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Lady Macbeth underestimates the power of conscience. She thinks that it is easy to divorce oneself from one's actions, simply by not thinking about them (she tells Macbeth that thinking on things would make him crazy). She was never a woman devoid of feeling or conscience, and that is what makes her interesting. Even though she seems to think she is stronger in will than her husband, she did not think she had the spirit for the killing that she needed, otherwise she would not have asked the spirits to 'unsex' her and fill her with venom. She thinks she is freer of the 'milk of human kindness' than her husband, and she may well be, but she is not entirely free of her humanity, which explains her strange comment about being unable to kill Duncan because he 'looked like her father' as he was sleeping.
Underestimating the residual effects of our actions is a common human weakness. We can't really stave off stress by refusing to think about it, any more than we can change a stupid or hurtful thing we've done by pretending it didn't happen. Sure, we might be able to delude ourselves during the daylight hours by an act of will, but we can't control our subconscious mind. Sleep, if and when it comes, will let the full cause of our unrest surface.
Were she actually as inhuman as she liked to present herself as, Lady Macbeth would feel no pricks of conscience, but she's not.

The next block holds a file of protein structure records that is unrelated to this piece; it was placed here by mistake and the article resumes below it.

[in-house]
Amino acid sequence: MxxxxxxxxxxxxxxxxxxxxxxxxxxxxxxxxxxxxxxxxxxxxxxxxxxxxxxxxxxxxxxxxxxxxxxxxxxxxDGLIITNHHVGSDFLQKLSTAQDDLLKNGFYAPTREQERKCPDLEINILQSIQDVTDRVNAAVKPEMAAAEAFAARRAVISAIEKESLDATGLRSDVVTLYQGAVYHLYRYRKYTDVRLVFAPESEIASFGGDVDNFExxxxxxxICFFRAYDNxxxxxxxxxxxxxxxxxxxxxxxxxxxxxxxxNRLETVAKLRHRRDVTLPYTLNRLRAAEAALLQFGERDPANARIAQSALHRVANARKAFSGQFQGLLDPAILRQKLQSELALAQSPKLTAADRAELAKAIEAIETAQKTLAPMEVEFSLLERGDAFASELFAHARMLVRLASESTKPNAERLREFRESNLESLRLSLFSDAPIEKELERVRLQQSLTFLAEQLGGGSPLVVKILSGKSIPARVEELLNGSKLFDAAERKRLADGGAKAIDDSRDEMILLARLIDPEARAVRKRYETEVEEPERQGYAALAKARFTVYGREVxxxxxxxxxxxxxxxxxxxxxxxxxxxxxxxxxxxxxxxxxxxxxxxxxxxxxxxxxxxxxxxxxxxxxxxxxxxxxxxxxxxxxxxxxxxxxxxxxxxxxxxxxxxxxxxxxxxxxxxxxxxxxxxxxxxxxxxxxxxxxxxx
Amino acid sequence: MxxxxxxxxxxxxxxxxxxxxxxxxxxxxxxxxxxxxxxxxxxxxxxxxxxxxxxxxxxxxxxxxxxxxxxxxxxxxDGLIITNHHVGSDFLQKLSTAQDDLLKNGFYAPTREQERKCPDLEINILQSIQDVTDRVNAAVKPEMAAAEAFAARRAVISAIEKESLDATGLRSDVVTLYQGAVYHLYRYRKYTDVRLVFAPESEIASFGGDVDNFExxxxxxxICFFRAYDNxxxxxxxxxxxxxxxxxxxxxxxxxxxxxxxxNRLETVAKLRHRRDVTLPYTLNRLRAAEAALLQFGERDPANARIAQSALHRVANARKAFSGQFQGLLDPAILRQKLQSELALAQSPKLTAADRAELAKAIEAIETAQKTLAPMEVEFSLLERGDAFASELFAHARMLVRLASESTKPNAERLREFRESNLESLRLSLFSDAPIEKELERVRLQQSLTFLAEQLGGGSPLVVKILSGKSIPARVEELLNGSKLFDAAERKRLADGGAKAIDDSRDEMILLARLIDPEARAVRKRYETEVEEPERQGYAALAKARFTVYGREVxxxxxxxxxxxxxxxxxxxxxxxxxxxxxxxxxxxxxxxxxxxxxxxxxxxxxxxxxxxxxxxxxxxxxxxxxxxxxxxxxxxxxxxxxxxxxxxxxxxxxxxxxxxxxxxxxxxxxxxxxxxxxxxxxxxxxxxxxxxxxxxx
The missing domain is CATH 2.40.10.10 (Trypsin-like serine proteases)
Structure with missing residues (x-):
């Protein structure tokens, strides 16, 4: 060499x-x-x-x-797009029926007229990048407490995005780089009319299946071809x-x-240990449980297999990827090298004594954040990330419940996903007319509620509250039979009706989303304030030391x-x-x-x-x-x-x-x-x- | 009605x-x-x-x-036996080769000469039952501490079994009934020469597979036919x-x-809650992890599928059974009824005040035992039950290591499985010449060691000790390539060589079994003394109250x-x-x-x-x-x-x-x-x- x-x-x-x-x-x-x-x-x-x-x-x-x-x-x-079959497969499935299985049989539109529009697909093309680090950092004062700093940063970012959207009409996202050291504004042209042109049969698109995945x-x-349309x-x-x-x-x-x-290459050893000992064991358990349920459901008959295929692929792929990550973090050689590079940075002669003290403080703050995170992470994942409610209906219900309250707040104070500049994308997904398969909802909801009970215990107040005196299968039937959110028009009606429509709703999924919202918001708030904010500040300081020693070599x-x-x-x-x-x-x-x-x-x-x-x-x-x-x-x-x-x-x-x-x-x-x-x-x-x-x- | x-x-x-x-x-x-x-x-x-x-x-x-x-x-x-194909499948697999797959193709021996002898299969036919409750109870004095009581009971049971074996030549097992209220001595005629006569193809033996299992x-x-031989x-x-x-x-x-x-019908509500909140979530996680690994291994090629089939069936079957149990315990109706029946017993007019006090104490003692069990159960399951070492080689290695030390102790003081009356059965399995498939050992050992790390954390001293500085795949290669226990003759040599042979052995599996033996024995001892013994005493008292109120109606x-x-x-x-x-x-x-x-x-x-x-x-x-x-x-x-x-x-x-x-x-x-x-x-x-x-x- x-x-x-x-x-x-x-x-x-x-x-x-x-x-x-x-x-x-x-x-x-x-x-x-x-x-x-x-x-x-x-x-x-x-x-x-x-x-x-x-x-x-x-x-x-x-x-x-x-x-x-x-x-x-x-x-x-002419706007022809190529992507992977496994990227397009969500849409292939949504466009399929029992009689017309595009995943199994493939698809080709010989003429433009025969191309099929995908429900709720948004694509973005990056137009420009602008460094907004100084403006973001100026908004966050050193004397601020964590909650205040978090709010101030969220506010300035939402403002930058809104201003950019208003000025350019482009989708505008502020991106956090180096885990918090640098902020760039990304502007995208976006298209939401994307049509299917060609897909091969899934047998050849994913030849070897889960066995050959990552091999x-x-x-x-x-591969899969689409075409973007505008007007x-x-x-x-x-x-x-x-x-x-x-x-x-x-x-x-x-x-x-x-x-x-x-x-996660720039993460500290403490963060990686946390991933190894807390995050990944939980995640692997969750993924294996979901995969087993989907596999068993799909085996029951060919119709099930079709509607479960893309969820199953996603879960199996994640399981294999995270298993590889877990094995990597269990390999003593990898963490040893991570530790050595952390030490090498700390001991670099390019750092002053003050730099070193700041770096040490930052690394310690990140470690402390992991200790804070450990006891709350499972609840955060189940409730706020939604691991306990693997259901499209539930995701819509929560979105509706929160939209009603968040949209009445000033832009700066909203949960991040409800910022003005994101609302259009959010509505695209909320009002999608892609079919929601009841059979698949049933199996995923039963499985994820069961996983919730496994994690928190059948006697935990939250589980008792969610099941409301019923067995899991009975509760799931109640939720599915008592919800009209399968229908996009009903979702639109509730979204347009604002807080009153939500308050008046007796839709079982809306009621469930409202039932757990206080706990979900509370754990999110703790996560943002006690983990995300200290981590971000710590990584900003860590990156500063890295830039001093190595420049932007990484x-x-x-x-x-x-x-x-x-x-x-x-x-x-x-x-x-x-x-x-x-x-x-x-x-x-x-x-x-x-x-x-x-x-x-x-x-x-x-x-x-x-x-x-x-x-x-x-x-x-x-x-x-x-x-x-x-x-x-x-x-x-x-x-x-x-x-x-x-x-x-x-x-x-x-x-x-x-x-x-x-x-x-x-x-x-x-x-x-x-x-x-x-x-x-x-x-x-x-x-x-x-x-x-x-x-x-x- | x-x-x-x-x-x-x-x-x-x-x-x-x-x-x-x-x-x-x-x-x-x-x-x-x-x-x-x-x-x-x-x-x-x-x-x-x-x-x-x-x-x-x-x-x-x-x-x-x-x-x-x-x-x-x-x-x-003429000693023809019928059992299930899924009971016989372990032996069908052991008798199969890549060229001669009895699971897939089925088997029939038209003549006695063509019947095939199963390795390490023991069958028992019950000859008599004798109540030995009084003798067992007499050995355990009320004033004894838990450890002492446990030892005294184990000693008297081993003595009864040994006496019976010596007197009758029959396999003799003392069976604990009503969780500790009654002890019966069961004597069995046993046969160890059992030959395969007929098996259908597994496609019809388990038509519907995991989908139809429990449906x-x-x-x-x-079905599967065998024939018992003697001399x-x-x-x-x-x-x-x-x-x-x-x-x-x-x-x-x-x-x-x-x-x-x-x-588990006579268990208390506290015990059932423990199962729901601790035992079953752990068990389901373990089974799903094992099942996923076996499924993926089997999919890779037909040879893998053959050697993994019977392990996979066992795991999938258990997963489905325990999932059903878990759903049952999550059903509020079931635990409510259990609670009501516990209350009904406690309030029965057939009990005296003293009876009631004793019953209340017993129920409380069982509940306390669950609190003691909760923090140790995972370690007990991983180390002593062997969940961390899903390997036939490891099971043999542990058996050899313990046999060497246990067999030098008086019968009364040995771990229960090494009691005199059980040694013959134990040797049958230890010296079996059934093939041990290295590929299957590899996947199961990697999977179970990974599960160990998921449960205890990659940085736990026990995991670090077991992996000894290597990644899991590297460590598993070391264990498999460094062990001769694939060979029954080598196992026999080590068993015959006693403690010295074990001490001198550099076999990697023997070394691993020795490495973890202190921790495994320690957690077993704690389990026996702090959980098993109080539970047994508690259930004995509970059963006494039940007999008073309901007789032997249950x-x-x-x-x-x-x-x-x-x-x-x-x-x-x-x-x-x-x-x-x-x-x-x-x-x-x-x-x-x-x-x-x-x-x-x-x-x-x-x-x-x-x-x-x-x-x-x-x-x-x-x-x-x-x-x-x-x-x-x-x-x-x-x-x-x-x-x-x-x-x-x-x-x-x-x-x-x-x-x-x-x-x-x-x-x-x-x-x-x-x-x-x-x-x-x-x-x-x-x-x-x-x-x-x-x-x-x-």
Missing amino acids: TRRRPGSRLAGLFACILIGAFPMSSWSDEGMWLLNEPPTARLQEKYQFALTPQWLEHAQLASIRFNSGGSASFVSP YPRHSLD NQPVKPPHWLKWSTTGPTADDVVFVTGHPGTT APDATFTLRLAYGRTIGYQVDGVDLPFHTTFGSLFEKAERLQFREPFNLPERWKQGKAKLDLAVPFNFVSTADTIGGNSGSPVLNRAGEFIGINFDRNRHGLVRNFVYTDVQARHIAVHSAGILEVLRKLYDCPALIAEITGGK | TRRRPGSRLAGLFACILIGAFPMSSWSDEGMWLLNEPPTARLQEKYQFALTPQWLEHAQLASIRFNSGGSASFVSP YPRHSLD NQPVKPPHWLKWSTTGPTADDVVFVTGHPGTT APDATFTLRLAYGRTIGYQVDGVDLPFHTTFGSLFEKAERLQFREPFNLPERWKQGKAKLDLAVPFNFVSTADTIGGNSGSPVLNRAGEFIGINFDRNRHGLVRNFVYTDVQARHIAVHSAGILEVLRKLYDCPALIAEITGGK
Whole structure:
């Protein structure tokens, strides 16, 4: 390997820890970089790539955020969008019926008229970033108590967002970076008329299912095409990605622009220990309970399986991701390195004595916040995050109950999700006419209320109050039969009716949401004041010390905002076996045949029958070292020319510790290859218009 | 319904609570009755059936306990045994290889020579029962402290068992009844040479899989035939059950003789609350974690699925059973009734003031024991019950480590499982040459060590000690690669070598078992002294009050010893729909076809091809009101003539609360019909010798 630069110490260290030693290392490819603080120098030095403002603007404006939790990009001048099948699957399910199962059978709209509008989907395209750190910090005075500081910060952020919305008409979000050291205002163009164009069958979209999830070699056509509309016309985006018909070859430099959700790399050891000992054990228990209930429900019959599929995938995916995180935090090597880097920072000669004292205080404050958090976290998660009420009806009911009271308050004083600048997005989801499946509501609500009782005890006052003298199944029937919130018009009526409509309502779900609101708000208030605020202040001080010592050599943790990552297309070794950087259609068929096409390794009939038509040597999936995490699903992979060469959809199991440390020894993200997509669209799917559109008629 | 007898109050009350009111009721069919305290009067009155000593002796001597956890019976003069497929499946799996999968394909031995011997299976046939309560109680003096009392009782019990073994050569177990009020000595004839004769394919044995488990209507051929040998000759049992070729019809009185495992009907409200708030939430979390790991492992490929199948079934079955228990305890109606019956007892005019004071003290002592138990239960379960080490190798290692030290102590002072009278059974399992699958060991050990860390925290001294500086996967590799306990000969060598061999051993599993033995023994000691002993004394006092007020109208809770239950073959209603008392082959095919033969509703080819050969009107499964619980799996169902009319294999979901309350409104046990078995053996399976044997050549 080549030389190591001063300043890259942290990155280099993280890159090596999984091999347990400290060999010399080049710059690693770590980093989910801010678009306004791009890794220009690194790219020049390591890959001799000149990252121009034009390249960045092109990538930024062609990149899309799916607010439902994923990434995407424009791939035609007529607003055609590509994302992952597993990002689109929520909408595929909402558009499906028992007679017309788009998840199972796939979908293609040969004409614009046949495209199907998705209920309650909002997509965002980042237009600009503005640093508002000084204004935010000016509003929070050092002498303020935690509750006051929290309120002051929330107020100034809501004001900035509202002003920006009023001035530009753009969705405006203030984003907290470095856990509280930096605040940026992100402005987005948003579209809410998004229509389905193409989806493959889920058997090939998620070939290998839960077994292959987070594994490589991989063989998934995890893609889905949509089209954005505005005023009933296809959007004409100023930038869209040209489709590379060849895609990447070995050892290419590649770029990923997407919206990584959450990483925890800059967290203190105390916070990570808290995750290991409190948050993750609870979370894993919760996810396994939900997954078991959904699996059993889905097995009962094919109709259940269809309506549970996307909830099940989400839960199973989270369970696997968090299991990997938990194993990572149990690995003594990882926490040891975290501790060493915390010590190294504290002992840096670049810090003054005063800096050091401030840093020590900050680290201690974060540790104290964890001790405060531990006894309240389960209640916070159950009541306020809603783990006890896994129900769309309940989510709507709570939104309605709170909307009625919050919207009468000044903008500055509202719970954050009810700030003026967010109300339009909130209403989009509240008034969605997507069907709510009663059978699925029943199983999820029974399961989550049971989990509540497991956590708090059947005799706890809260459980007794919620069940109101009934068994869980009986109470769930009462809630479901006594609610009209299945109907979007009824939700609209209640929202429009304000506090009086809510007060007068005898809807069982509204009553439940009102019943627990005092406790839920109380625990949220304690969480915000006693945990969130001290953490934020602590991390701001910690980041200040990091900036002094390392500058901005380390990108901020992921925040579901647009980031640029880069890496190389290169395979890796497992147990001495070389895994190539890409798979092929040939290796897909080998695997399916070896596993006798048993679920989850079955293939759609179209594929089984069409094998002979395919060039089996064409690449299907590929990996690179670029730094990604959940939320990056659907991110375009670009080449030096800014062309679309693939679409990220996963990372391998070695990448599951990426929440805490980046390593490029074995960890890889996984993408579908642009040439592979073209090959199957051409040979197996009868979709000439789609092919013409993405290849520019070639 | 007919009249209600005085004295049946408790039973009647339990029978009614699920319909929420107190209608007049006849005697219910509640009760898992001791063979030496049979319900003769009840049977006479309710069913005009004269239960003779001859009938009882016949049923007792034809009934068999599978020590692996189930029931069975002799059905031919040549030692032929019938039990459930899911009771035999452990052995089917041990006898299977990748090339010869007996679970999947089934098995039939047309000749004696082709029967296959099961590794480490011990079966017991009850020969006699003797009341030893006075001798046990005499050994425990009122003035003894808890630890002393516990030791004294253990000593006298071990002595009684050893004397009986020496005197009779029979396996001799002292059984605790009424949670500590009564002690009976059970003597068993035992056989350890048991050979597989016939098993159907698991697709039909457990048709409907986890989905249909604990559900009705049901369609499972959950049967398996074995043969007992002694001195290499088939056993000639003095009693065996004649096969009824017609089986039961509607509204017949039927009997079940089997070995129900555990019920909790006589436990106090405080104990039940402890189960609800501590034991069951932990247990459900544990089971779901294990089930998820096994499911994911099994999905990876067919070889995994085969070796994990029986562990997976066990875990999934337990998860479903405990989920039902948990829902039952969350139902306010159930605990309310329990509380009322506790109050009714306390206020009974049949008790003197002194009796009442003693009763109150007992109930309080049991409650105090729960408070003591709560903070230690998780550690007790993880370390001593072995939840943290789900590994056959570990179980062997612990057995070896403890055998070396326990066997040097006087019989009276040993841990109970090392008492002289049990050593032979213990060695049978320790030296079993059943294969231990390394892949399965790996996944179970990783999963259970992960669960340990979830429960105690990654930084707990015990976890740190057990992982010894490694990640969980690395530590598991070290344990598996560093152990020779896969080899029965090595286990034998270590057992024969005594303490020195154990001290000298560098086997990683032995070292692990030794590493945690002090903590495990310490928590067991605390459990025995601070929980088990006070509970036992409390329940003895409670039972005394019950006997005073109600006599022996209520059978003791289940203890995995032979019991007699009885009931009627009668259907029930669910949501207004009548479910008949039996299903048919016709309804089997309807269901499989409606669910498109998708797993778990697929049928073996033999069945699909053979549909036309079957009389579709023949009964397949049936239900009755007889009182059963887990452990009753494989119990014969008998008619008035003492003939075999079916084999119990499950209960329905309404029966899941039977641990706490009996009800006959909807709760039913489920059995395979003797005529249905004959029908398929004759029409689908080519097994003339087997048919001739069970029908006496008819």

Lady Macbeth grabs her chance and acts as the water and the sun to cultivate the seeds the witches planted in Macbeth's mind. Shakespeare begins to show us the future of these actions when Lady Macbeth says, "Had he not so closely resembled my father, I would have done it" about Duncan's murder. We get our first glimpse of her as a human being with a conscience with this quote.
As time passes, her reaction and the memory of the deed works its magic, and she sinks into a deep remorseful depression. Her lack of ability to move beyond the murder is reiterated in her quote about how they have risked all to get where they are (the crown), but it is all for nought. She is not content, and this is largely due to the lack of support and companionship of her husband. He pulls away from her to become his maniacal self, and she is left alone to reflect. Ultimately, she begins to sleepwalk and then takes her own life to end the suffering.
I think Shakespeare is showing us that most people have a conscience and that only so much evil can be done without them eventually paying the price for it. What we see is that although Lady Macbeth was the one who pushed and pushed for Macbeth to seize the throne, she eventually realized that her hands were far from clean - that she was a large reason for the deaths of so many people. Eventually the guilt was just too much for her and she lost her mind over it all.
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